Aghop Der-Karabetian, professor of psychology, gave his last faculty lecture, titled “World Mindedness” Tuesday in the President’s Dining Room.
Der-Karabetian said being world-minded is getting out of one’s skin and being in somebody else’s skin.
“We are who we are by the way we compare ourselves to others,” Der-Karabetian said.
First he talked about who he is. He shared his real name – Hagop Der Garabedian – his real date of birth and his legal birth date, and his exact ethnic origin based on a DNA test. Der-Karabetian showed a picture of his grandmother, who survived the Armenian genocide, holding him up when he was 4 months old. He said the picture is symbolic for him because his grandmother physically holding him up symbolizes the past generations that have helped him be the person he is today.
Der-Karabetian began to explore his identity early on as a teenager. Living in Lebanon as an Armenian Christian, he said he came to know diversity quickly. Most Armenians were Apostolic, but he was identified as Armenian Protestant. He said he was a minority in a minority and he knew his place.
His earliest research began in 1971 and dealt with social distance and stereotyping of Jews, Armenians, Americans and Arabs.
In 1973 he found that there was a personality change, meaning that the older generation of Armenians cared more about language, food and culture and the younger generation was more concerned with feeling. After he did his research, Der-Karabetian moved to Kansas and began studies for his doctorate in social psychology. There, he continued to study ethnic identity of Armenians.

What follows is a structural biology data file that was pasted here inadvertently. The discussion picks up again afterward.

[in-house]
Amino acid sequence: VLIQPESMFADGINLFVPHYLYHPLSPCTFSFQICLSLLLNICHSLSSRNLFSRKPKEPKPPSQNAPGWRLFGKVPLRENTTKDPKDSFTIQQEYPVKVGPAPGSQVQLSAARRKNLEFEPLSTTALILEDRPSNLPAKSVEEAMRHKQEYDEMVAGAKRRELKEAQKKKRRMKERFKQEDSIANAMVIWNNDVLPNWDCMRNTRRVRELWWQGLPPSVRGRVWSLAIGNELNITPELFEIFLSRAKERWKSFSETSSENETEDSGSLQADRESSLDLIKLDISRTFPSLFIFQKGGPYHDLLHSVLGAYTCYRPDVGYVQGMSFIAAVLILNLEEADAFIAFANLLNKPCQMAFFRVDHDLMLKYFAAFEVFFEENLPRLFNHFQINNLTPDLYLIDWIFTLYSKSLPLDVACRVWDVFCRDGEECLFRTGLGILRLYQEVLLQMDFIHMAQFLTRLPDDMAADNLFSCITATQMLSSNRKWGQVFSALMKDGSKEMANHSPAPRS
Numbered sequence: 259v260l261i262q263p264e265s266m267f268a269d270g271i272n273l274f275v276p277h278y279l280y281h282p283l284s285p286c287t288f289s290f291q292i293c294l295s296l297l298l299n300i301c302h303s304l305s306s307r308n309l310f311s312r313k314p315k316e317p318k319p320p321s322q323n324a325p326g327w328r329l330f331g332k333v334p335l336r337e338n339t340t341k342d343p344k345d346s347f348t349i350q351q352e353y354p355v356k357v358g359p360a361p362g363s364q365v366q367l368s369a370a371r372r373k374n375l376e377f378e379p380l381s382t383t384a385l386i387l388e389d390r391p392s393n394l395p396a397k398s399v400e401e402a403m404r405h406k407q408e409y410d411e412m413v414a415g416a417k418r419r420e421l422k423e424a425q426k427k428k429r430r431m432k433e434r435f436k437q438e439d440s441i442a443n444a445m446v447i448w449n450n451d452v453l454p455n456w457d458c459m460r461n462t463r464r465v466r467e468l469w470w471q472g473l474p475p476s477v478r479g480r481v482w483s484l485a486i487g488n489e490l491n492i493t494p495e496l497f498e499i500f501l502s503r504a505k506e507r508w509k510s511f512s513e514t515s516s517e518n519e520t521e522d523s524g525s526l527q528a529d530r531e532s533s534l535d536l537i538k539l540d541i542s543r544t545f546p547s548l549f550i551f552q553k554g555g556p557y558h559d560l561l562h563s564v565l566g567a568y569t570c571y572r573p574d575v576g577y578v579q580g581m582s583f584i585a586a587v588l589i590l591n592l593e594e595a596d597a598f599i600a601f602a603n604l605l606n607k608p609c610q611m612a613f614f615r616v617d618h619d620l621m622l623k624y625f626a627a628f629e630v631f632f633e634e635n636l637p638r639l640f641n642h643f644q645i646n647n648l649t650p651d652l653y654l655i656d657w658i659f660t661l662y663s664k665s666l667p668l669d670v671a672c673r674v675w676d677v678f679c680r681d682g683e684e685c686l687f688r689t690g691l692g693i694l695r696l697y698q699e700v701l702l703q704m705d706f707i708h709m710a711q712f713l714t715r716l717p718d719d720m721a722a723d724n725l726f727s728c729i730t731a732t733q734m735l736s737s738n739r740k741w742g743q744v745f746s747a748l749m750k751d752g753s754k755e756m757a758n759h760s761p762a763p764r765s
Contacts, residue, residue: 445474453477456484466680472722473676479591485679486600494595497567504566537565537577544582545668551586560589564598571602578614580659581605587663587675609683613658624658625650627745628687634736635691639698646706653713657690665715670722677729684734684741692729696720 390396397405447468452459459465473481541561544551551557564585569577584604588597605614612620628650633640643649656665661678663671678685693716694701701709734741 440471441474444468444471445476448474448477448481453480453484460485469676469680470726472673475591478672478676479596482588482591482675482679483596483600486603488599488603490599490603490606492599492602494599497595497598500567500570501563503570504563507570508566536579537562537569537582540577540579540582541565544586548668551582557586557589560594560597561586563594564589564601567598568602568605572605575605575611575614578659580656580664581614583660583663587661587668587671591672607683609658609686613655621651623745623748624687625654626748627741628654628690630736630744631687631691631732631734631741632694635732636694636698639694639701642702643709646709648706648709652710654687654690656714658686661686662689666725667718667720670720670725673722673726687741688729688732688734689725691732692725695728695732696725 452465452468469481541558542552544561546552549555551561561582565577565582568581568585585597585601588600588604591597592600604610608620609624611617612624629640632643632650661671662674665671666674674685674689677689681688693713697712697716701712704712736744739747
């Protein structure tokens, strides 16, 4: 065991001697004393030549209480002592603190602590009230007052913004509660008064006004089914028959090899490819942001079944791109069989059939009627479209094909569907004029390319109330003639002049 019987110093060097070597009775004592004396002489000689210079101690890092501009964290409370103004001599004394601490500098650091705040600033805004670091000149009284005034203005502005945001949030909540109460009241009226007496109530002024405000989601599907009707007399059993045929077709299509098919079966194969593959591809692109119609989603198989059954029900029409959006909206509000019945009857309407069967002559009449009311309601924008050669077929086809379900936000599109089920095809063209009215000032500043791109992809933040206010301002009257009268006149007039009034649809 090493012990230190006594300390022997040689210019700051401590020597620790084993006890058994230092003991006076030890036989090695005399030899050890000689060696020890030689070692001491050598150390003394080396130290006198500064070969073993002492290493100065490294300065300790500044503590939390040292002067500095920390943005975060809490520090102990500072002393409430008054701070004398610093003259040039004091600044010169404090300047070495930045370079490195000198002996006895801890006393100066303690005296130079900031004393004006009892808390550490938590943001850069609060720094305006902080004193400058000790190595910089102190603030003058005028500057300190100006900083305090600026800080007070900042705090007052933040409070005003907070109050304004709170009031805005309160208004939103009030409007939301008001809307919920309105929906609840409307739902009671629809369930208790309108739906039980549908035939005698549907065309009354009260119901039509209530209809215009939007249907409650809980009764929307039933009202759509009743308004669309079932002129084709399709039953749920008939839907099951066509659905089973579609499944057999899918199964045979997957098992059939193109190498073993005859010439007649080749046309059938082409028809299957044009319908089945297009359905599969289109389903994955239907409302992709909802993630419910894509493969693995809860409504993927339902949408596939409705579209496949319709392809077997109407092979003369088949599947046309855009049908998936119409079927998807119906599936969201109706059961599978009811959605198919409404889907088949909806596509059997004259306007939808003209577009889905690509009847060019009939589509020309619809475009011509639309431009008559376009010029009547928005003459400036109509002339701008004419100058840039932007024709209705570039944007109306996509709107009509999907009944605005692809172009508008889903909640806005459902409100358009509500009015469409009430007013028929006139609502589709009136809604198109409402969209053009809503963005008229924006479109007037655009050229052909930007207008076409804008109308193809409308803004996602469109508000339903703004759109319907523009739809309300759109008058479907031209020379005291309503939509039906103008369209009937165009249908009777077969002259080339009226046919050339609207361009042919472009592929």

He is now publishing a book that includes 35 years of his work and the “world-mindedness scale” he created.
“The world-mindedness scale is a frame of reference, or value orientation, favoring world-view of the problem of humanity with mankind rather than the nationals of a particular country as the primary reference groups,” Der-Karabetian said.
He said that he now knows that ethnic identity is comparative and context-bound.
He continued talking about what he has learned, and the audience nodded in agreement; when he began talking about racial stereotypes and the difference in ethnicities – what he called “the dark side” – the audience got quiet.
“The dark side is a sense of superiority over other groups, be they majority, minority or other ethnic/racial groups, which is exemplified by white supremacy groups, and the Nazi movement, but can also exist in any ethnic or racial group,” he said.
Marga Madhuri, professor of education, said the lecture inspired her. She said she loved when Der-Karabetian said we connect with other cultures and other people to learn about who we are.
“It really touched on things of my own journey, as we all are looking for our identity. I was raised in a Jewish family in a Christian society, but I wasn’t really cognizant that it was a Christian society until I went to Israel and saw a Jewish society,” she said. “I was 17 and that was my first real awareness of cultural differences and lifestyle differences.”
Sharon Davis, professor of sociology, worked with Der-Karabetian on the world-mindedness study after 9/11 to see how people were feeling about ethnic identities and geographical centrism. She said she believes that world-mindedness will always be important and relevant.
“9/11 represented a very dark experience in the lives of Americans and in the world. These atrocities, attacks, and in some cases genocides continue to happen and we get saber-rattling by some of the world leaders including our own, which has the potential to lead us to the brink of some of these behaviors that are cruel and destructive,” she said.
“World-mindedness is not going away. If the world is going to survive, world-mindedness needs to be learned and identified,” she said.
Der-Karabetian ended his last lecture with a photo of the planet. He said there are no lines on Earth, and your humanity is your home.
Shavonne Rogers can be reached at email@example.com.